Both in the artistic and Tantric realization it is indispensable to be initiated by the master. He can pass on the mystery directly - "from mouth to ear". Thus we have returned to the starting point of our discussion i.e. to the mysteriosophy of the West which at the beginning of our era included gnosis, hermetism and the traditions of ancient mysteries.
Nowosielski's "otherness" is not limited to the otherness of his orthodoxy. What is found in his painting and theology is by far broader that the issues related to the traditions both of Eastern and Western Christianity. The structure of his meditation resembles a garden full of new paths. There is a bright clearing and there are distant, shady and mysterious nooks there. Each of the paths is part of a long individual Road. You can move in any direction here or take one of the four cardinal ones: the Christian, the Gnostic, the Oriental or the Tantric.
I hope the metaphor of a garden with four main paths shows how much Jerzy Nowosielski's statements and intuitions - despite the many consciously introduced contradictions - join into one whole whose dark and bright spheres are tightly interwoven and supplement one another.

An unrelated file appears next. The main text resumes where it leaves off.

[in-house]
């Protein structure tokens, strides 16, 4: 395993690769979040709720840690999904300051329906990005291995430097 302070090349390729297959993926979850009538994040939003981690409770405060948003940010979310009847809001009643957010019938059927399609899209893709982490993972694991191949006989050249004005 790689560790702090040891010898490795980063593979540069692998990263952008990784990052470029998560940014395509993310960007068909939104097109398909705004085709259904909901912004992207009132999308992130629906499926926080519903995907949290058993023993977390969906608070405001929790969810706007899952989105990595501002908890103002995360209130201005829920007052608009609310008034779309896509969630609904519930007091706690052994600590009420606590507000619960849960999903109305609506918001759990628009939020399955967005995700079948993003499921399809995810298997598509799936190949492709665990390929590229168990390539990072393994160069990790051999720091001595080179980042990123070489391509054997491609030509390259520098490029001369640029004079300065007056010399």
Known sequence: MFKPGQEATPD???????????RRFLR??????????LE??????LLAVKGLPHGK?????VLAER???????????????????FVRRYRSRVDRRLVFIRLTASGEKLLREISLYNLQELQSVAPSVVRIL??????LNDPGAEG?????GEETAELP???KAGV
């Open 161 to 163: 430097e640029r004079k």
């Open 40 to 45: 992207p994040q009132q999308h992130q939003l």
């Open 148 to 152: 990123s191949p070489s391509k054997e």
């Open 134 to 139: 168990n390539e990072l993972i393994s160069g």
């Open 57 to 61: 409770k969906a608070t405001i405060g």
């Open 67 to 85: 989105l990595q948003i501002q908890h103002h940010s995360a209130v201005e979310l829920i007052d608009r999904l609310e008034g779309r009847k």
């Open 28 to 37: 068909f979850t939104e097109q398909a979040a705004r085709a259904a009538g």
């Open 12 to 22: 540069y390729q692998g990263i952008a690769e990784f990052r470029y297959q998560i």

Attempts at fathoming Nowosielski's mystery can only be compared to the daring and possessed efforts of Nagarjuna to reveal the paradoxes veiled in the everyday consciousness of man by thoughtless phraseology and indifference to reflection. In the absolute sense there is no artist or picture. There is however a condition, an extreme situation that we have no name for in the human tongue. Maybe the "incarnation" or "Bodhisattvah" is something or somebody that brings that condition a little closer.
It is certain that we are witnesses of a waking new panecumenical consciousness that shall most probably be realized in the third millennium after Christ. Let us however confine ourselves to this intuition. As Nowosielski puts it: "... there are things that we shudder to talk about because we might touch things that are too fiery, and burn our hands".
(Review of a book by Jerzy Nowosielski, “Inność Prawosławia” [The Otherness of the Orthodox Church], "Tygodnik Powszechny" no. 48, 1991)

Władysław Podrazik